At the end of the 12 weeks, all three groups had gained lean muscle and improved aerobic capacity, but the HIIT group experienced the best benefits at the cellular level. The younger participants had a 49 percent boost in mitochondrial capacity — a measurement of a cell’s ability to take in oxygen and produce energy. The older participants had an even higher 69 percent increase.
Scientists believe that a greater mitochondrial capacity is indicative of a younger body and that keeping cells healthy in this way can reverse some signs of age-related decline.
Potential Disadvantages of HIIT
Considering the above, there are several good reasons to consider incorporating HIIT into your workout. However, you do have to take a few precautions.
1. Don’t Overdo It
In general, it takes longer for the body to recover from a HIIT workout, so most fitness experts suggest you alternate days with it. In other words, don’t do HIIT every day — take breaks in between.
All types of exercise are stressful to the body, but HIIT is even more so. This stress is a good thing as it forces the body to make biochemical changes that improve fitness. But you can overdo it, at which point the body starts to break down rather than build up.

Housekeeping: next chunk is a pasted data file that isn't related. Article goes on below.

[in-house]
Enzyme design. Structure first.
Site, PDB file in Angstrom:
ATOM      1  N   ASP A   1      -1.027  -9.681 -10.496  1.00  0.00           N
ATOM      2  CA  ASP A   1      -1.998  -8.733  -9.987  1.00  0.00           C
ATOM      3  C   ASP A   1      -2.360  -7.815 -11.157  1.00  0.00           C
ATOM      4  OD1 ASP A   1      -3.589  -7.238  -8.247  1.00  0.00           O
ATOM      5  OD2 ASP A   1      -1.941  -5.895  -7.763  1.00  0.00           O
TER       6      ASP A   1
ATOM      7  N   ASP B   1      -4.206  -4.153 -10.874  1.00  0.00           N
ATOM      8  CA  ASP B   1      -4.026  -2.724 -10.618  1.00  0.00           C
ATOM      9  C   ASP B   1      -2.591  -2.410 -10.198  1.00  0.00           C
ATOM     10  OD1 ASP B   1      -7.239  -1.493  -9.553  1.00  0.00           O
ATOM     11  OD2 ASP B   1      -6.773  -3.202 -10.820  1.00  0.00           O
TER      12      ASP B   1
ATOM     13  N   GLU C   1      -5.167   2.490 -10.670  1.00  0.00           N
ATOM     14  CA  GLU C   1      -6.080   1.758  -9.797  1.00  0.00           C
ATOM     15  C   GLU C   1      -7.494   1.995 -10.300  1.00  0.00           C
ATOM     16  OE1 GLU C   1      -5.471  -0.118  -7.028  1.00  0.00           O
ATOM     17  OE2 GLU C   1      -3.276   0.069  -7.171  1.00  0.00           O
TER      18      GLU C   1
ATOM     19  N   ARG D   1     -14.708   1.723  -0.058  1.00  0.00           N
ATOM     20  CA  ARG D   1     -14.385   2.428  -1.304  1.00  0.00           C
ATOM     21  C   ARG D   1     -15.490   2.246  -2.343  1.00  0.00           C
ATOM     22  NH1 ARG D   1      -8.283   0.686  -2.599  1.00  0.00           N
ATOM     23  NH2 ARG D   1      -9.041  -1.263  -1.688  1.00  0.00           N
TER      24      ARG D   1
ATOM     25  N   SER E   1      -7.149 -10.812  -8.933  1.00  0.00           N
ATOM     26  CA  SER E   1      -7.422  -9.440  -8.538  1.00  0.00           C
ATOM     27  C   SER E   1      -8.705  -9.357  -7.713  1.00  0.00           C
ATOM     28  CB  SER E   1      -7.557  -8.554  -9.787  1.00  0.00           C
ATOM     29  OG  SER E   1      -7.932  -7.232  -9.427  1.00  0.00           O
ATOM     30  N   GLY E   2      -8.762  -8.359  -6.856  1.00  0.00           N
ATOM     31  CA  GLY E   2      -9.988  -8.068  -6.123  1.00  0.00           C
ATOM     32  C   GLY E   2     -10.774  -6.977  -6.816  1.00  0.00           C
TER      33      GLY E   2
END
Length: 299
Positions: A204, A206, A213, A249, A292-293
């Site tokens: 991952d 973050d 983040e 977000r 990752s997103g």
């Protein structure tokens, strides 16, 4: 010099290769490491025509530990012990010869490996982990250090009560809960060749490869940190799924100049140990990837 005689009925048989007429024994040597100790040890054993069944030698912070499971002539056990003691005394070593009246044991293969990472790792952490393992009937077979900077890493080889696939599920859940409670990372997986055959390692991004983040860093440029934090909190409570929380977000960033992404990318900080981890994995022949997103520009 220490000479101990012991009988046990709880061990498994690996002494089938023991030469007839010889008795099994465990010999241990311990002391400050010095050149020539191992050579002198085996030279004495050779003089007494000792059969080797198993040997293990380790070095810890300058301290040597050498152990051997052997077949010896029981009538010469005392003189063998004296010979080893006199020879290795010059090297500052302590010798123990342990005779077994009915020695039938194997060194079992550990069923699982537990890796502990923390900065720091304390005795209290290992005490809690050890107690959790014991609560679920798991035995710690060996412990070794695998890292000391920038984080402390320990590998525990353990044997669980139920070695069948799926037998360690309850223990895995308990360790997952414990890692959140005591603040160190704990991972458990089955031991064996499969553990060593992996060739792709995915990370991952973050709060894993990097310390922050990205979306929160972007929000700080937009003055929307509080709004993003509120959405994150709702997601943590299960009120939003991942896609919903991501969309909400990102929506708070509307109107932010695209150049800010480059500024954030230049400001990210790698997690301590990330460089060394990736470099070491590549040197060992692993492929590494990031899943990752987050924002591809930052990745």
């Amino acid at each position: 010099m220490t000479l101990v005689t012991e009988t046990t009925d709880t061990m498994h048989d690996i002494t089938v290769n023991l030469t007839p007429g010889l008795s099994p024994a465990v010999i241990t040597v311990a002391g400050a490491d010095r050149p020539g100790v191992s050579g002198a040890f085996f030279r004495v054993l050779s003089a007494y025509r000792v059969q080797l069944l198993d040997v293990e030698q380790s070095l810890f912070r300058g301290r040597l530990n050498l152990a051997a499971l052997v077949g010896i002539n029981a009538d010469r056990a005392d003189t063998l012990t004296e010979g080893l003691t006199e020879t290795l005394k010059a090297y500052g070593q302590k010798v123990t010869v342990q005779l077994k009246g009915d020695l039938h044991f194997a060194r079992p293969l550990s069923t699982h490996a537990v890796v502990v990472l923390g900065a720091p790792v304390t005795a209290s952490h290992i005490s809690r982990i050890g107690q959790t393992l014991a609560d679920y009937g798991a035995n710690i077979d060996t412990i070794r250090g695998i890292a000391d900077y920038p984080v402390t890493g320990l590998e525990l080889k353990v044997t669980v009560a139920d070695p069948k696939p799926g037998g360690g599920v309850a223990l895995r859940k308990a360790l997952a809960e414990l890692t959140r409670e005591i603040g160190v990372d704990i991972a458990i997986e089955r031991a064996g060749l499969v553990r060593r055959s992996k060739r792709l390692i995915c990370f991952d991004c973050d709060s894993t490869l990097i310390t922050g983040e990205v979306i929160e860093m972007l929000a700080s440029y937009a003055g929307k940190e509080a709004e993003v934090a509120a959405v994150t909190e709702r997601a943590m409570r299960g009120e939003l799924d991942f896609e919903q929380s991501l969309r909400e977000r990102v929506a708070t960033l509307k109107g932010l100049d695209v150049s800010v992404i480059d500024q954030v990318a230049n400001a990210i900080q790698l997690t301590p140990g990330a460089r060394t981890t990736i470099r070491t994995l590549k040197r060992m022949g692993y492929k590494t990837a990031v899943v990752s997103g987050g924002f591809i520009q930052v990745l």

In one study of 35 active exercisers during a three-week period, researchers found that consistently training at over 90 percent of one’s maximum heart rate could result in diminishing returns. Too much HIIT increased the risk of injury and led to body fatigue.
What’s too much? Most experts recommend no more than 20 to 30 minutes when doing HIIT and no more than three times per week — at the most.
To get the best results, balance your HIIT sessions with other types of exercise, including less-intense cardio and strength training. Allow the body to recover between HIIT workouts.
2. Watch Out for Injuries
HIIT is more challenging by its very nature, pushing the body to its limits. The increased pressure can increase the risk of injury compared to gentler forms of exercise, particularly for beginners and those who aren’t physically active, to begin with.